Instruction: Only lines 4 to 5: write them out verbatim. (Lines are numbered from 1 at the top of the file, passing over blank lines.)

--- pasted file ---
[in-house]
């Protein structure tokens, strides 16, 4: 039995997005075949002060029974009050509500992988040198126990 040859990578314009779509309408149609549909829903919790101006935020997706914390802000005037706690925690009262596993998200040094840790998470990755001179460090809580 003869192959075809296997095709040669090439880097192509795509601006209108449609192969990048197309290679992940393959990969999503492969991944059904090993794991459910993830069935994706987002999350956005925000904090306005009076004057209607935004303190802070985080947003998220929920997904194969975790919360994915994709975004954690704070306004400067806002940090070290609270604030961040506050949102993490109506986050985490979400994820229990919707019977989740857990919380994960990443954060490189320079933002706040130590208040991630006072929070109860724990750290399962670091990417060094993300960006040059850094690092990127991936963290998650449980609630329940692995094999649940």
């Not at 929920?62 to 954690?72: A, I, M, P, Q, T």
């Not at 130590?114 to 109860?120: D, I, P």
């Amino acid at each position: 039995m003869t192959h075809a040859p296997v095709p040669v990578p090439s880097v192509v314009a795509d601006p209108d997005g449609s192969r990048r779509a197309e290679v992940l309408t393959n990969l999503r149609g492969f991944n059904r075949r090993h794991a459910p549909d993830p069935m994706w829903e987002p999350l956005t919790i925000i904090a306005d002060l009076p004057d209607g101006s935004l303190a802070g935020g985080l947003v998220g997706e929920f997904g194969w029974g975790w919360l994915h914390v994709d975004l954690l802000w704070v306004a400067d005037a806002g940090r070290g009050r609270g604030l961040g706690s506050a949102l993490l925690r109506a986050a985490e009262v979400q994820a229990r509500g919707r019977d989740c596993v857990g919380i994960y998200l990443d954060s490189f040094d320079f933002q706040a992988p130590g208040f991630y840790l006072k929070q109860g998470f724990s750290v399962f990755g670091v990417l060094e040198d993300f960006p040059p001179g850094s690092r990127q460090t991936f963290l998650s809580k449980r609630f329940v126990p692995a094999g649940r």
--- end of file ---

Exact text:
């Not at 130590?114 to 109860?120: D, I, P």
């Amino acid at each position: 039995m003869t192959h075809a040859p296997v095709p040669v990578p090439s880097v192509v314009a795509d601006p209108d997005g449609s192969r990048r779509a197309e290679v992940l309408t393959n990969l999503r149609g492969f991944n059904r075949r090993h794991a459910p549909d993830p069935m994706w829903e987002p999350l956005t919790i925000i904090a306005d002060l009076p004057d209607g101006s935004l303190a802070g935020g985080l947003v998220g997706e929920f997904g194969w029974g975790w919360l994915h914390v994709d975004l954690l802000w704070v306004a400067d005037a806002g940090r070290g009050r609270g604030l961040g706690s506050a949102l993490l925690r109506a986050a985490e009262v979400q994820a229990r509500g919707r019977d989740c596993v857990g919380i994960y998200l990443d954060s490189f040094d320079f933002q706040a992988p130590g208040f991630y840790l006072k929070q109860g998470f724990s750290v399962f990755g670091v990417l060094e040198d993300f960006p040059p001179g850094s690092r990127q460090t991936f963290l998650s809580k449980r609630f329940v126990p692995a094999g649940r």